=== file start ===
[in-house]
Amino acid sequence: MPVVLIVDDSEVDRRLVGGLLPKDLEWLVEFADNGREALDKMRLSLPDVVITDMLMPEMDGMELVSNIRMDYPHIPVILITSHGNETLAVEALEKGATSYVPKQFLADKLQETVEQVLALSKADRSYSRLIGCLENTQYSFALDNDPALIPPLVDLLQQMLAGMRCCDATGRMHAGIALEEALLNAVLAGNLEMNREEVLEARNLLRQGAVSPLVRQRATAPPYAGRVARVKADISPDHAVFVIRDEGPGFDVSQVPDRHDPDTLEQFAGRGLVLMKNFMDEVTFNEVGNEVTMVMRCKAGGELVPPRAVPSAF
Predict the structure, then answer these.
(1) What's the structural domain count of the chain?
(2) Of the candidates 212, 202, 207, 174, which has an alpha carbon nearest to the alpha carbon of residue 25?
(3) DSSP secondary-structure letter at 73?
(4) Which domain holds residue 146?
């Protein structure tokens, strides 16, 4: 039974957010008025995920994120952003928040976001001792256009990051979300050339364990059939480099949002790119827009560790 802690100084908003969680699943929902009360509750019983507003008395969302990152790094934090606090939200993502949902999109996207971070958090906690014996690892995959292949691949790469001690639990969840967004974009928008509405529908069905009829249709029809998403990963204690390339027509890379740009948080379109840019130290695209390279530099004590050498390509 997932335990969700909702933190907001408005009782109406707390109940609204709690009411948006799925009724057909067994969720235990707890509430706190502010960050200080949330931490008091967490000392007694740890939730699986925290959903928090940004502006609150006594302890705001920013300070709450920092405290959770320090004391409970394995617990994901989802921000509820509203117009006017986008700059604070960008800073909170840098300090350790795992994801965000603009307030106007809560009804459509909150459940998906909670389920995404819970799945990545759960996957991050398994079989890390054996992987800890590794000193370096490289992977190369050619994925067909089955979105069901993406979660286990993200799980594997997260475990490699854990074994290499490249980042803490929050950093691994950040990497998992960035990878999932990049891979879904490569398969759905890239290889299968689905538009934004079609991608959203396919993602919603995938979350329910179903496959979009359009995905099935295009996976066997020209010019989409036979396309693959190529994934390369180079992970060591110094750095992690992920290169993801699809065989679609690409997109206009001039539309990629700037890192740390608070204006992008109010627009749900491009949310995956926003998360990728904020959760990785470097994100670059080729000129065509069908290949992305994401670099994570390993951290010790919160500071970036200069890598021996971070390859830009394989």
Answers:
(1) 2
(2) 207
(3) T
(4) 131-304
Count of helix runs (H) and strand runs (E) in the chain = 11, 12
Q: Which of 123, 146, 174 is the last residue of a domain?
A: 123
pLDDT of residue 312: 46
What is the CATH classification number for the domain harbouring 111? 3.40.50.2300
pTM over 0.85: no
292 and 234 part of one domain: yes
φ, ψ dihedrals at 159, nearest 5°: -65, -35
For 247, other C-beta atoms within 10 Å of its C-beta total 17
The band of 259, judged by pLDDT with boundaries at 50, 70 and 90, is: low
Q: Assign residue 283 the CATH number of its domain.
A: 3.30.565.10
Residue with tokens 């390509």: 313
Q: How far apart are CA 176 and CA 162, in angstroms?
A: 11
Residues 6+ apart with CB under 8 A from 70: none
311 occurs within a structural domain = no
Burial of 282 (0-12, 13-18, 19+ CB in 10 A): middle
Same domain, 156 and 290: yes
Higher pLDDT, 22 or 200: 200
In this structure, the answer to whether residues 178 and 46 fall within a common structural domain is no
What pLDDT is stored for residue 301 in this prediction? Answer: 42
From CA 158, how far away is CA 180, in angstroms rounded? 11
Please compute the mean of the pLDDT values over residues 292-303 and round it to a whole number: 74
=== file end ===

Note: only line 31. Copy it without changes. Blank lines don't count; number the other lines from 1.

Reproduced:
Burial of 282 (0-12, 13-18, 19+ CB in 10 A): middle